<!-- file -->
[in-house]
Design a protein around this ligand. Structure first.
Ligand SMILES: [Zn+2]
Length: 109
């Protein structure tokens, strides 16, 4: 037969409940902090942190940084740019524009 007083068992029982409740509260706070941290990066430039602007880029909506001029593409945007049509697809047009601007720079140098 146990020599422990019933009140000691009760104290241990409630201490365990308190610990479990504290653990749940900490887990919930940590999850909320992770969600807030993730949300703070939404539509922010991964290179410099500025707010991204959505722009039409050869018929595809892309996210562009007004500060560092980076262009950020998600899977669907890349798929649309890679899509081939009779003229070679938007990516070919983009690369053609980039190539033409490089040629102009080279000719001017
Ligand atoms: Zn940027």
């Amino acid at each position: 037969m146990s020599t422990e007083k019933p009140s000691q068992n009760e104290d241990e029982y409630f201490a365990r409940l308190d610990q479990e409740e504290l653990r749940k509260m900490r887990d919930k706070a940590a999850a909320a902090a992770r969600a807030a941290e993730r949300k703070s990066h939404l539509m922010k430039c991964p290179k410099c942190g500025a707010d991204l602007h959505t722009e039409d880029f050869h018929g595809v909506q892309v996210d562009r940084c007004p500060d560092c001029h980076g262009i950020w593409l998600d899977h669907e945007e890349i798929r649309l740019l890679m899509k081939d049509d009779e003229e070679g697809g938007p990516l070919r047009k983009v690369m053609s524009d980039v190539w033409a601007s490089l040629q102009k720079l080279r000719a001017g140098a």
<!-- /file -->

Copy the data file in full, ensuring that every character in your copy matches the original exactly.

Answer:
[in-house]
Design a protein around this ligand. Structure first.
Ligand SMILES: [Zn+2]
Length: 109
């Protein structure tokens, strides 16, 4: 037969409940902090942190940084740019524009 007083068992029982409740509260706070941290990066430039602007880029909506001029593409945007049509697809047009601007720079140098 146990020599422990019933009140000691009760104290241990409630201490365990308190610990479990504290653990749940900490887990919930940590999850909320992770969600807030993730949300703070939404539509922010991964290179410099500025707010991204959505722009039409050869018929595809892309996210562009007004500060560092980076262009950020998600899977669907890349798929649309890679899509081939009779003229070679938007990516070919983009690369053609980039190539033409490089040629102009080279000719001017
Ligand atoms: Zn940027």
């Amino acid at each position: 037969m146990s020599t422990e007083k019933p009140s000691q068992n009760e104290d241990e029982y409630f201490a365990r409940l308190d610990q479990e409740e504290l653990r749940k509260m900490r887990d919930k706070a940590a999850a909320a902090a992770r969600a807030a941290e993730r949300k703070s990066h939404l539509m922010k430039c991964p290179k410099c942190g500025a707010d991204l602007h959505t722009e039409d880029f050869h018929g595809v909506q892309v996210d562009r940084c007004p500060d560092c001029h980076g262009i950020w593409l998600d899977h669907e945007e890349i798929r649309l740019l890679m899509k081939d049509d009779e003229e070679g697809g938007p990516l070919r047009k983009v690369m053609s524009d980039v190539w033409a601007s490089l040629q102009k720079l080279r000719a001017g140098a």